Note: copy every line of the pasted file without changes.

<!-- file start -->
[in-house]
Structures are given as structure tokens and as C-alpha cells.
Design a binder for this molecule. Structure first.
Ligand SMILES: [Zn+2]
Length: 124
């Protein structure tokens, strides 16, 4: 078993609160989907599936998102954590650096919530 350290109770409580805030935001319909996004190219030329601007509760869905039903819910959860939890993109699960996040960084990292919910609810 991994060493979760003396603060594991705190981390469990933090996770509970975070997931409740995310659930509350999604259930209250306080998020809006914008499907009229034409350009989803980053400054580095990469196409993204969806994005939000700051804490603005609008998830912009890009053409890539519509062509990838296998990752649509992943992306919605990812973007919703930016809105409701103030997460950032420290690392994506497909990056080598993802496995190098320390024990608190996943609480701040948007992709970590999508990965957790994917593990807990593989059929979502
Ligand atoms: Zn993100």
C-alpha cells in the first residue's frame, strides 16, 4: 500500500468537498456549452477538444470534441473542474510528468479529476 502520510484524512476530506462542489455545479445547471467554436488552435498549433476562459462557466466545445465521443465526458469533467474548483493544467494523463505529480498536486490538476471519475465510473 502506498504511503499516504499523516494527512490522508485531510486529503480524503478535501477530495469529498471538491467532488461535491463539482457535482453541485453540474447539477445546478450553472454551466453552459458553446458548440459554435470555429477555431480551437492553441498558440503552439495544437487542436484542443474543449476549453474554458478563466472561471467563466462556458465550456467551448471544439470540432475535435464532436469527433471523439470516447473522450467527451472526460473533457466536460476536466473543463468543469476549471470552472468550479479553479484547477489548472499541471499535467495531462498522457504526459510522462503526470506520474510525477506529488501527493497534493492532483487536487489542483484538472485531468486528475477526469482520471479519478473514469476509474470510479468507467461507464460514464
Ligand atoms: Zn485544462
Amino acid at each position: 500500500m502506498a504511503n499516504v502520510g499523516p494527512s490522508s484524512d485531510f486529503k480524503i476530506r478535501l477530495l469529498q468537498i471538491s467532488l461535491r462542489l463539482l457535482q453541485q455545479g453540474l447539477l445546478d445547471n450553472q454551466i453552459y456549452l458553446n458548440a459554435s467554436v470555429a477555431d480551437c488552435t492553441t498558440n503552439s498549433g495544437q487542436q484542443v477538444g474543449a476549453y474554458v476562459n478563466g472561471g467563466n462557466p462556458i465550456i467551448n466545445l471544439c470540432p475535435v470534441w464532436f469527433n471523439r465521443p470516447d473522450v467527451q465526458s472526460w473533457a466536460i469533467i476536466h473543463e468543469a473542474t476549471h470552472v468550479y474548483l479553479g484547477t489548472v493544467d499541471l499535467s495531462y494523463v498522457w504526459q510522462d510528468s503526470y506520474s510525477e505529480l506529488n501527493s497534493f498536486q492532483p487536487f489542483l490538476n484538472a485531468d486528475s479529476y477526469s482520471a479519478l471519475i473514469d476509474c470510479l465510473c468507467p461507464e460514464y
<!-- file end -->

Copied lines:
[in-house]
Structures are given as structure tokens and as C-alpha cells.
Design a binder for this molecule. Structure first.
Ligand SMILES: [Zn+2]
Length: 124
């Protein structure tokens, strides 16, 4: 078993609160989907599936998102954590650096919530 350290109770409580805030935001319909996004190219030329601007509760869905039903819910959860939890993109699960996040960084990292919910609810 991994060493979760003396603060594991705190981390469990933090996770509970975070997931409740995310659930509350999604259930209250306080998020809006914008499907009229034409350009989803980053400054580095990469196409993204969806994005939000700051804490603005609008998830912009890009053409890539519509062509990838296998990752649509992943992306919605990812973007919703930016809105409701103030997460950032420290690392994506497909990056080598993802496995190098320390024990608190996943609480701040948007992709970590999508990965957790994917593990807990593989059929979502
Ligand atoms: Zn993100």
C-alpha cells in the first residue's frame, strides 16, 4: 500500500468537498456549452477538444470534441473542474510528468479529476 502520510484524512476530506462542489455545479445547471467554436488552435498549433476562459462557466466545445465521443465526458469533467474548483493544467494523463505529480498536486490538476471519475465510473 502506498504511503499516504499523516494527512490522508485531510486529503480524503478535501477530495469529498471538491467532488461535491463539482457535482453541485453540474447539477445546478450553472454551466453552459458553446458548440459554435470555429477555431480551437492553441498558440503552439495544437487542436484542443474543449476549453474554458478563466472561471467563466462556458465550456467551448471544439470540432475535435464532436469527433471523439470516447473522450467527451472526460473533457466536460476536466473543463468543469476549471470552472468550479479553479484547477489548472499541471499535467495531462498522457504526459510522462503526470506520474510525477506529488501527493497534493492532483487536487489542483484538472485531468486528475477526469482520471479519478473514469476509474470510479468507467461507464460514464
Ligand atoms: Zn485544462
Amino acid at each position: 500500500m502506498a504511503n499516504v502520510g499523516p494527512s490522508s484524512d485531510f486529503k480524503i476530506r478535501l477530495l469529498q468537498i471538491s467532488l461535491r462542489l463539482l457535482q453541485q455545479g453540474l447539477l445546478d445547471n450553472q454551466i453552459y456549452l458553446n458548440a459554435s467554436v470555429a477555431d480551437c488552435t492553441t498558440n503552439s498549433g495544437q487542436q484542443v477538444g474543449a476549453y474554458v476562459n478563466g472561471g467563466n462557466p462556458i465550456i467551448n466545445l471544439c470540432p475535435v470534441w464532436f469527433n471523439r465521443p470516447d473522450v467527451q465526458s472526460w473533457a466536460i469533467i476536466h473543463e468543469a473542474t476549471h470552472v468550479y474548483l479553479g484547477t489548472v493544467d499541471l499535467s495531462y494523463v498522457w504526459q510522462d510528468s503526470y506520474s510525477e505529480l506529488n501527493s497534493f498536486q492532483p487536487f489542483l490538476n484538472a485531468d486528475s479529476y477526469s482520471a479519478l471519475i473514469d476509474c470510479l465510473c468507467p461507464e460514464y